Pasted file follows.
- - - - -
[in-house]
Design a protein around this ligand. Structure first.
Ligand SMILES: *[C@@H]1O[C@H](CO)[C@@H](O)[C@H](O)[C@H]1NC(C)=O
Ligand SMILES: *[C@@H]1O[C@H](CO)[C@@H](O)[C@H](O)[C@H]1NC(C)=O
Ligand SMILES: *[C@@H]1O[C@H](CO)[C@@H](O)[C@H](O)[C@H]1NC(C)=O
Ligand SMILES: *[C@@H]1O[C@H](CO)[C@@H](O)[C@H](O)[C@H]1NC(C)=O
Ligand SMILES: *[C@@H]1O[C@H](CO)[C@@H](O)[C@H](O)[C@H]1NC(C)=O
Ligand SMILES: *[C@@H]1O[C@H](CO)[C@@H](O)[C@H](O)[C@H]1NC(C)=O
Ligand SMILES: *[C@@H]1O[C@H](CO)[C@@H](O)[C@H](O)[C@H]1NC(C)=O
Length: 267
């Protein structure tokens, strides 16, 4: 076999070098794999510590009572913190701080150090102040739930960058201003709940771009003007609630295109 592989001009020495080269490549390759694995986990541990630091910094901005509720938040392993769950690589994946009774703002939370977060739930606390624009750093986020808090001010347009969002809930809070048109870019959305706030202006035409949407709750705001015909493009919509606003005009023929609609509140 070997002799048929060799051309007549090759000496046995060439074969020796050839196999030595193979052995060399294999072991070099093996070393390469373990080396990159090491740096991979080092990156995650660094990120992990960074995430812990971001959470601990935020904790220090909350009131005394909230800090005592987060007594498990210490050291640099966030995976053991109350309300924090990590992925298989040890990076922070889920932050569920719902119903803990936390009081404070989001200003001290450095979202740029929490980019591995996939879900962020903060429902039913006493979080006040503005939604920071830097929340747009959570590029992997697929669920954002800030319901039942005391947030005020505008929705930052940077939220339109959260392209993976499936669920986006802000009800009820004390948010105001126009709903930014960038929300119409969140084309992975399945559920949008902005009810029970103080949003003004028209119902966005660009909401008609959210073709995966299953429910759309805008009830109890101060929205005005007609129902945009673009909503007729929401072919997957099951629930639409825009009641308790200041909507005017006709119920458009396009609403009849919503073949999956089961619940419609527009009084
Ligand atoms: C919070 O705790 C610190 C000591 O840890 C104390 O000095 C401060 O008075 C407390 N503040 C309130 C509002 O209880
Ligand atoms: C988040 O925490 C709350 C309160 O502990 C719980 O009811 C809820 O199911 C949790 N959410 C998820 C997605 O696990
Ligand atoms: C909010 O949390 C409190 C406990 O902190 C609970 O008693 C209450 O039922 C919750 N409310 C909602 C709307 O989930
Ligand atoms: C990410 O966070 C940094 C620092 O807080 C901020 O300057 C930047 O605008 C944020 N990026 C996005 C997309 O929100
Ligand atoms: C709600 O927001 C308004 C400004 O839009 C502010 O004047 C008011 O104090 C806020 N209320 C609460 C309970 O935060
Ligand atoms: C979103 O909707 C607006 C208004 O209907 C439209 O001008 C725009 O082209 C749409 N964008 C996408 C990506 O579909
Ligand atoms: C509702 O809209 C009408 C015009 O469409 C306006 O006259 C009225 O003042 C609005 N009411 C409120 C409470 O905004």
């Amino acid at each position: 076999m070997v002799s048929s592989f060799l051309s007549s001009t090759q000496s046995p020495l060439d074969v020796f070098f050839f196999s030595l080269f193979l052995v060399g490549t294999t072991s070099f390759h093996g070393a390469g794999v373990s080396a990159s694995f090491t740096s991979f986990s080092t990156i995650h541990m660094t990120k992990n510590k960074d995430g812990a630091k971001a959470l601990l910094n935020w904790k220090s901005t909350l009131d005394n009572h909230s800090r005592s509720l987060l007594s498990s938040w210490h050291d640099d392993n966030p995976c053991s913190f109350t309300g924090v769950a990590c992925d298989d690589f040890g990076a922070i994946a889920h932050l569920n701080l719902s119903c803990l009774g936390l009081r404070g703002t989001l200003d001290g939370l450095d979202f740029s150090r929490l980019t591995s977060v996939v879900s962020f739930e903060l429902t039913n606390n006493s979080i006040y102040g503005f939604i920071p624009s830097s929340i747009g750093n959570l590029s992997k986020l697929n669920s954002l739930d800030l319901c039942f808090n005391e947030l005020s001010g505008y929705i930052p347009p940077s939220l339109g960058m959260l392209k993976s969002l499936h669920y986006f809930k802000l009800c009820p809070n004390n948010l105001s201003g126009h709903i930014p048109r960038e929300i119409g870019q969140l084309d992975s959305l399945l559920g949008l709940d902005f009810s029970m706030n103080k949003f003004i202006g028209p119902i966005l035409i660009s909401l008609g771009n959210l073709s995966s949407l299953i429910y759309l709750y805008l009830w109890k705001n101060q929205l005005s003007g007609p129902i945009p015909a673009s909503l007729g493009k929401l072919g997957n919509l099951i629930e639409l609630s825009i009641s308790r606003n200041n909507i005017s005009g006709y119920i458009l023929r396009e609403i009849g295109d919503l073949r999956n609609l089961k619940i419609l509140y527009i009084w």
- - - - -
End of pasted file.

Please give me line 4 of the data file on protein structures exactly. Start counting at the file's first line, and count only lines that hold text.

Ligand SMILES: *[C@@H]1O[C@H](CO)[C@@H](O)[C@H](O)[C@H]1NC(C)=O